Symbolism and Allegory: The use of symbols or allegorical elements allows storytellers to convey deeper themes or meanings indirectly, without resorting to subjective evaluations. 

Symbolism enhances the interpretative depth of a story.

Montage: In film and video storytelling, montage is a visual technique involving the sequence of short shots or scenes edited together to condense time or convey a series of events. Interactive storytelling is an approach that enables the audience to actively participate in the narrative development through their choices, thus creating a personalised and individual experience.

Interactive Storytelling: This approach enables the audience to make decisions that impact the outcome of the narrative. It is commonly employed in video games, choose-your-own-adventure literature, and digital interactive media.

Visual Storytelling: In visual storytelling, the focus is primarily on communicating the storyline through imagery, as seen in graphic novels, comics, or silent films. Maintaining consistency, no matter the platform is crucial in this type of storytelling.

Multi-platform Storytelling: This approach entails narrating a tale across different media channels, such as integrating a TV program with webisodes, content on social media, or books to produce a more engaging encounter.

2.1.7. How to Create Storytelling?

Creating a captivating storytelling experience involves a series of crucial steps. Whether constructing a story for personal pleasure, a business presentation, marketing campaign or any other objective, a comprehensive guide to crafting a compelling story includes the following:

Determine Your Purpose and Target: Audience – ascertain the reason behind telling the story and define your intended audience. Are you striving to entertain, educate, persuade, or inspire? Recognizing your aim and your audience’s interests and needs is vital.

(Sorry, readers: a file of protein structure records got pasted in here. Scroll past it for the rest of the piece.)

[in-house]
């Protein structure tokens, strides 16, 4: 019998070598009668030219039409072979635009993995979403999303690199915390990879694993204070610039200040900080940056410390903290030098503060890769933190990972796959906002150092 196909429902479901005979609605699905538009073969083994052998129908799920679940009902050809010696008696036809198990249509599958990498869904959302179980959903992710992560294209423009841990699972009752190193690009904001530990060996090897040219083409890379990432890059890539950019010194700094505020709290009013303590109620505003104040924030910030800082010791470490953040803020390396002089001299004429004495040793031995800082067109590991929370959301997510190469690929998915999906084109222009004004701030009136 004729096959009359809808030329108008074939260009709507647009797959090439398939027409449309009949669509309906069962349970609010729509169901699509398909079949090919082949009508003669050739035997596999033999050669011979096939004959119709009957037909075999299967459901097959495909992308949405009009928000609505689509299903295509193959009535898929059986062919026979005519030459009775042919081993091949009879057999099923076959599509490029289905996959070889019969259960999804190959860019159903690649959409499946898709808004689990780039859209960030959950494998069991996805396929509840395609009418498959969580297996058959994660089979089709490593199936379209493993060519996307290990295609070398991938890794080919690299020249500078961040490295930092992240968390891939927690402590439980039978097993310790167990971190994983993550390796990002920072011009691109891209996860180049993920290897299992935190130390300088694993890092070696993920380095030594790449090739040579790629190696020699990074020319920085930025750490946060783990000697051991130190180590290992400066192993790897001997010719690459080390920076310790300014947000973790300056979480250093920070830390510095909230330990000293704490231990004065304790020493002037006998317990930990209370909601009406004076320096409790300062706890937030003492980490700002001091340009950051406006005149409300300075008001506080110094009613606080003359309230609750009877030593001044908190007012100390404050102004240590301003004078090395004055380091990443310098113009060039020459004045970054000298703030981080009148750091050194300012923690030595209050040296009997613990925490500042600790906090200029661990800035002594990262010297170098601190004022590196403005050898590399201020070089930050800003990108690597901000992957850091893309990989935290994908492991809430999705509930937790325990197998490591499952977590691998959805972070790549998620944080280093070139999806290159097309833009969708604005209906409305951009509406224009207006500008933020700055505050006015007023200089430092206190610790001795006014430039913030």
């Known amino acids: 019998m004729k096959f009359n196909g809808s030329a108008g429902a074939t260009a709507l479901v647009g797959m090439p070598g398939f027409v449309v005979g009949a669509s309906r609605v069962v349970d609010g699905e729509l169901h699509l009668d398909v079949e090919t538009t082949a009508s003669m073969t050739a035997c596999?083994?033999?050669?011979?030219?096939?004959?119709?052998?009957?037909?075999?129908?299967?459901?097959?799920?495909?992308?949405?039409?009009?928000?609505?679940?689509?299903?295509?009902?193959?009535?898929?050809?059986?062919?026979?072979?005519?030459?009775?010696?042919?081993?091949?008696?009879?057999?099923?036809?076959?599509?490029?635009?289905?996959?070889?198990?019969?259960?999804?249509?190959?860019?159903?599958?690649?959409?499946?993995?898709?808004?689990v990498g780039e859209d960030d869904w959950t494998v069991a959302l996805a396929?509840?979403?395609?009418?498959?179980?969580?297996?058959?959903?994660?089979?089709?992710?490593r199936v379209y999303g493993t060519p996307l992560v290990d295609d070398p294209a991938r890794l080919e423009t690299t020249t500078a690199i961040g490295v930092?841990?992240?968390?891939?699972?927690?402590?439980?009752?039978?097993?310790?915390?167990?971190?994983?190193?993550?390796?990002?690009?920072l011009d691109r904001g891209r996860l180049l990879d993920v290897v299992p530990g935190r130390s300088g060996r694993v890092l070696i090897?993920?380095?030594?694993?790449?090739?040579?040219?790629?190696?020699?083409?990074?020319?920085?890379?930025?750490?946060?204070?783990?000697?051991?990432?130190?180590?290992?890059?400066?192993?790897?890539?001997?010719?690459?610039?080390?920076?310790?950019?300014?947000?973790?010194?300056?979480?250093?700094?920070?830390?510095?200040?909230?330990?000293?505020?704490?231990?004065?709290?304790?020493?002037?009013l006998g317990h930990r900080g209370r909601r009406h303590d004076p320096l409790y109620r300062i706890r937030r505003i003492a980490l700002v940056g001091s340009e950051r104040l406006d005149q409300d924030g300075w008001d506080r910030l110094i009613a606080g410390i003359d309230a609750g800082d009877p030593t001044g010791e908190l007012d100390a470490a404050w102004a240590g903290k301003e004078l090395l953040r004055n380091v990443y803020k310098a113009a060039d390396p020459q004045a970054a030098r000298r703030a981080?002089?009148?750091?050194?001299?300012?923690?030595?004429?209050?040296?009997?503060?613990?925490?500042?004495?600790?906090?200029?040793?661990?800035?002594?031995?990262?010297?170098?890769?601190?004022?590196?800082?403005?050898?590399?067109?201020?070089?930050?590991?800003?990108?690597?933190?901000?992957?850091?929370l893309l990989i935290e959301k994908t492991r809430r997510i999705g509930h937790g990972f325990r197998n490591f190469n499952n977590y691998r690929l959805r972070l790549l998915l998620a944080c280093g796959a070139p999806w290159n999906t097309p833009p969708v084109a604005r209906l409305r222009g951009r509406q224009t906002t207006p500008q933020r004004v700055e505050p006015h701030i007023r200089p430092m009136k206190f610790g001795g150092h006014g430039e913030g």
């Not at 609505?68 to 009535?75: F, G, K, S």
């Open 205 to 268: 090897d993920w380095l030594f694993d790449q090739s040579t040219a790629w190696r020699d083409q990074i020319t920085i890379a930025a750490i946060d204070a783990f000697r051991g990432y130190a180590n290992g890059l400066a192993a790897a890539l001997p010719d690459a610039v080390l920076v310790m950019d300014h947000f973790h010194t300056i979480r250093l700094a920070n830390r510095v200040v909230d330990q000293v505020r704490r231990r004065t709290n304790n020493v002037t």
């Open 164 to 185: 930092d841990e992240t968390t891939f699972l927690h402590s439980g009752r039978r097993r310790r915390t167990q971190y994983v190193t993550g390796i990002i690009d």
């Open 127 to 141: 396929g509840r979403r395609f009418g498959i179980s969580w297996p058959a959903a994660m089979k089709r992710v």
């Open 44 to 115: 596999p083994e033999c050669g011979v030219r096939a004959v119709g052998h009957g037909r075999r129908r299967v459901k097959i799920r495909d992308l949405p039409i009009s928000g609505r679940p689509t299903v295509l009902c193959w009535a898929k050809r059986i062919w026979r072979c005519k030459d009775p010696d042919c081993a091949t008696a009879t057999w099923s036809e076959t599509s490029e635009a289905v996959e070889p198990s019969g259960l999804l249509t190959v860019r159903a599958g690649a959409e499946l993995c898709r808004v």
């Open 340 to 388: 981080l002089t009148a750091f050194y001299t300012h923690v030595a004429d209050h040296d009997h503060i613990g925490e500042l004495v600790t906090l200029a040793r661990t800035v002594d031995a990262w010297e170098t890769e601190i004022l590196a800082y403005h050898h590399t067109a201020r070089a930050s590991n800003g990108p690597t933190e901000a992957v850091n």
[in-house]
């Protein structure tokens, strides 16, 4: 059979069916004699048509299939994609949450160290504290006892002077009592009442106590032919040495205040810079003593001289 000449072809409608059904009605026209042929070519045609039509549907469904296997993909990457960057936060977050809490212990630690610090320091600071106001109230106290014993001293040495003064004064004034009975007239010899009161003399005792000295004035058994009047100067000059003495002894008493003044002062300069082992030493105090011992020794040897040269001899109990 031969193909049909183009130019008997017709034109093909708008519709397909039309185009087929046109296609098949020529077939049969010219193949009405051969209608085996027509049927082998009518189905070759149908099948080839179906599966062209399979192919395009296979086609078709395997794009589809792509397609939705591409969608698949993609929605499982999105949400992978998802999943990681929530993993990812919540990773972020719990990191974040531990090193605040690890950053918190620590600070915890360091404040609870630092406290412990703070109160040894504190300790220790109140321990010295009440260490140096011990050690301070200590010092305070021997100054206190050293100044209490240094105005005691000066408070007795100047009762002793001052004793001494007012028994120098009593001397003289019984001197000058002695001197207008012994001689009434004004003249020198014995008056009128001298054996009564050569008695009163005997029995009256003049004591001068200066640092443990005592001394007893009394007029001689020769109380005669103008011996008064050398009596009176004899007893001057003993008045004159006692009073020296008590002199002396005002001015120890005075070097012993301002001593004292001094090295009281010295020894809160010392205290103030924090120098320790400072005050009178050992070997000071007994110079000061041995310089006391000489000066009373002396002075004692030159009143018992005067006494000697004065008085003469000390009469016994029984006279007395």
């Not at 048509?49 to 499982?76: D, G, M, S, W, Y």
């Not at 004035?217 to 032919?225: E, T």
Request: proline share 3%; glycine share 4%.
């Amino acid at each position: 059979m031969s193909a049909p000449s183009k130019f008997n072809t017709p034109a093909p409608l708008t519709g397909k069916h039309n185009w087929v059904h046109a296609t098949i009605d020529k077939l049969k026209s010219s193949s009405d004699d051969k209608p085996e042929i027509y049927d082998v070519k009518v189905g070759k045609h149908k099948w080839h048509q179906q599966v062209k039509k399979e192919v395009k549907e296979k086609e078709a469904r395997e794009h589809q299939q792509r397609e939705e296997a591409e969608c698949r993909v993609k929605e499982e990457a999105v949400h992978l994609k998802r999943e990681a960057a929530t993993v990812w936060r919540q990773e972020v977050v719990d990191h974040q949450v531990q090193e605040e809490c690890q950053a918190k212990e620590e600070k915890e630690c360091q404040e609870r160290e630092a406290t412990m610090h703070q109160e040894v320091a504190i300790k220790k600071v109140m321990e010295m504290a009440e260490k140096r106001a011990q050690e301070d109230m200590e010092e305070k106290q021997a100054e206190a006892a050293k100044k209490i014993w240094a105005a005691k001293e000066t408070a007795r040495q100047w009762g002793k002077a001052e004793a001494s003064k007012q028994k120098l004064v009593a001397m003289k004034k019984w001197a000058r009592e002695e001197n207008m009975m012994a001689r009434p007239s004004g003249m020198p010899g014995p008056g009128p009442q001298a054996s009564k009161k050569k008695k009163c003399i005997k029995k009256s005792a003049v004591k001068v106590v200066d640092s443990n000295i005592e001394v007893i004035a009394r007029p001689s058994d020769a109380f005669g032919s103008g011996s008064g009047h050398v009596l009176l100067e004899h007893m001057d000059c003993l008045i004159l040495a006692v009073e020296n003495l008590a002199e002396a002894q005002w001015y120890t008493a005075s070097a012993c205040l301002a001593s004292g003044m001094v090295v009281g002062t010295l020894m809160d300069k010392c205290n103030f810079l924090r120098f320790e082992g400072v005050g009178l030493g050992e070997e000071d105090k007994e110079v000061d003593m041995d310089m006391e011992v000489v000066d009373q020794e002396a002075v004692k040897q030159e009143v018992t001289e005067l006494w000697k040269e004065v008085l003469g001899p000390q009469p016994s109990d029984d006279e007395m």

Choose a Central Message or Theme: Establish the primary message, theme, or key point you want your audience to apprehend from your story. This idea will shape the progression of your narrative.

Develop Your Characters: If your written work involves the use of characters, strive to create well-rounded, relatable and engaging characters. Provide them with backgrounds, motivations and challenges which will resonate with your intended audience.

When crafting your plot, ensure that you have outlined a sequence of events that will effectively convey your message or theme. A conventional plot structure comprises an opening, a build-up, a turning point, a decrease, and a conclusion.

Ensure an Increase in Conflict and Tension: Conflict serves as a core element of any story. Present hurdles, complications, or predicaments that your characters must grapple with. This brings complexity to your story and sustains the interest of your audience.